"Lonely" is a great first impression, a cross-section of what they do best: heart-of-the-matter lyrics, visceral-yet-tight performances, accessible melodies. They sound like a band you've heard before, in the best possible sense. The highlight of "Lonely," for me, is the harmonies. Great harmonies can be super-tight (think The Byrds/Beatles), but my favorites are loose enough to create tension, but pitch-perfect enough to still sound great. They're two voices in sync and at odds, parting ways, then coming together.

Sharon Jones and the Dap Kings, "I Learned the Hard Way"
Again, this may or may not be a new discovery, depending on how much you follow Pitchfork on Twitter. After gushing about Amy Winehouse's Back To Black in April (if you're noticing a Chris-is-late-to-discover-great-albums trend, well done), I received a Sharon Jones recommendation. Jones and the Dap Kings faithfully recreate the 60's R&B/soul fusion that Winehouse merely channels. Winehouse sounds like Motown meets the Millennium; Sharon Jones simply sounds like Motown.

If you're like me, there's enough retro love for both.

Halfacre Gunroom, "Palisade"
Another alt-country band with Memphis ties. The opening guitar sound is perfect. The stutter-step chorus recalls Lucero's "California," which is to say it's catchy, and it rocks. But really, if the song doesn't have you at hello (the opening line: "In a leased S-40 Volvo/500 miles to go..."), it never will.

It had me at hello.

Good Old War, "Just Another Day"
I found the Good Old War in Hackinsack, sharing a bill with Cory Branan and the Honorary Title. As gorgeous as these harmonies are (a polished counterpoint to Say Zuzu), they're a different animal live. Just a jaw-droppingly tight, sunny, rootsy trio that's worth many listens.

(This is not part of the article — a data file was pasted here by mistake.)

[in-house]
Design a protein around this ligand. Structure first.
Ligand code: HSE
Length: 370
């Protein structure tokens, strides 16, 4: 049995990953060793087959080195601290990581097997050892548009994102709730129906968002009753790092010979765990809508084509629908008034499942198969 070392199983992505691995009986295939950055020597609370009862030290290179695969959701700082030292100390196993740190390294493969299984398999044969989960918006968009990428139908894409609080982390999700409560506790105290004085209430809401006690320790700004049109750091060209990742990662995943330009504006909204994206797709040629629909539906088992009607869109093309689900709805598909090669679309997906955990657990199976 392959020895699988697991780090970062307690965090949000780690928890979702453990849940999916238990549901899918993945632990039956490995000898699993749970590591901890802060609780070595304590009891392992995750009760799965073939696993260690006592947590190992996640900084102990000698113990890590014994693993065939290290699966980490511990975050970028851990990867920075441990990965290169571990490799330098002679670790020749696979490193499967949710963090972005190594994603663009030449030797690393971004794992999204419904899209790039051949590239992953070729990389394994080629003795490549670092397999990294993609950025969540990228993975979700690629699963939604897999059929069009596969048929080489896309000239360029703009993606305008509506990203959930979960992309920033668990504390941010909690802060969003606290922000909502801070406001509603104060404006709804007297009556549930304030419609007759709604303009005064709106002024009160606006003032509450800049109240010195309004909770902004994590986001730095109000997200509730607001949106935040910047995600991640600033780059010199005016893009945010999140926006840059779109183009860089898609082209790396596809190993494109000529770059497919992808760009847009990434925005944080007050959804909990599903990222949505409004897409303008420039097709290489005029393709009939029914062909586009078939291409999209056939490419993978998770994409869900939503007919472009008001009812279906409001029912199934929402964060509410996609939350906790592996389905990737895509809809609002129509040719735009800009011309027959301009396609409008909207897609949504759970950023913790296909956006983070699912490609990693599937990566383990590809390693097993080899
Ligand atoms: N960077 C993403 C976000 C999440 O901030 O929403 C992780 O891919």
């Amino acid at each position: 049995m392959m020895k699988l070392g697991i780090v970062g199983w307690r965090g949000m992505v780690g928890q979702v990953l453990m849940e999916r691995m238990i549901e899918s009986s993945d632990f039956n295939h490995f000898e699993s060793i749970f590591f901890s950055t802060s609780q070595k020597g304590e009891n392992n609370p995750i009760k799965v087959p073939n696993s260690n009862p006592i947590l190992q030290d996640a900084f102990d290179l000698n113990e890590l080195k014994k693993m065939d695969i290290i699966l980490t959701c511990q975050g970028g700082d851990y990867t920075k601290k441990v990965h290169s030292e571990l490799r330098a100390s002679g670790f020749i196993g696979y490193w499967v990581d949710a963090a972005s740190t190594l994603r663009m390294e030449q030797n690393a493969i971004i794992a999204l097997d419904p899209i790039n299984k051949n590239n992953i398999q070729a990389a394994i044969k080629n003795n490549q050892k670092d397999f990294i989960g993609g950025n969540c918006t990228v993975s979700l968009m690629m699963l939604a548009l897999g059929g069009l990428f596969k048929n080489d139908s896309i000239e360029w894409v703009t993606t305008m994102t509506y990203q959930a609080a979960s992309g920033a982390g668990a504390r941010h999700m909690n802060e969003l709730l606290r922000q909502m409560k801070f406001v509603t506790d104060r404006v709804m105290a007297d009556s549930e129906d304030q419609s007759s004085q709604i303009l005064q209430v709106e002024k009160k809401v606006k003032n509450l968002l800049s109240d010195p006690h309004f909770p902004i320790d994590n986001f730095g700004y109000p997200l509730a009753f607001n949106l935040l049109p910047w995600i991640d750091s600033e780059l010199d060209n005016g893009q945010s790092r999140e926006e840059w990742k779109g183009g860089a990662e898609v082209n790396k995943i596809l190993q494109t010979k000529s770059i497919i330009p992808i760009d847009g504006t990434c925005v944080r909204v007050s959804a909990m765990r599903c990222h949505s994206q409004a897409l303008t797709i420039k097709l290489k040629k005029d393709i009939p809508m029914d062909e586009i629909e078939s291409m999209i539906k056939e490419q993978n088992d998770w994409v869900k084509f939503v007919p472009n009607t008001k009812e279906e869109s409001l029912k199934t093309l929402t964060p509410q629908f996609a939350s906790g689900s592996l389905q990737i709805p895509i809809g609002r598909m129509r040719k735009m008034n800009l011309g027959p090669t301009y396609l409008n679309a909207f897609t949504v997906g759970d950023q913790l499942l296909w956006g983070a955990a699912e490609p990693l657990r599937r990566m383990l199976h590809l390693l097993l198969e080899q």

The Walkmen, "Canadian Girl"
Longtime readers will remember my fondness for the Walkmen's "The Rat." It's a perfect piss-and-vinegar rocker, and indicative of much of their catalog. And then there's "Canadian Girl," which I found this spring on NPR's SXSW sampler. It's,''s kind of a Frankie Valli song. It's unexpected, instantly credible, and wholly awesome. There's no shtick, no tongue in cheek, no irony. It's just a winning moment from a band that can make crooning badass.

And as a bonus, a few extra thoughts on this spring's well-known releases:
1) I continue to enjoy Dr. Dog's Shame, Shame. If you like Dr. Dog at all, you should definitely buy this album.
2) I continue to love the New Pornographers' Together. If you like anything at all, you should definitely buy this album.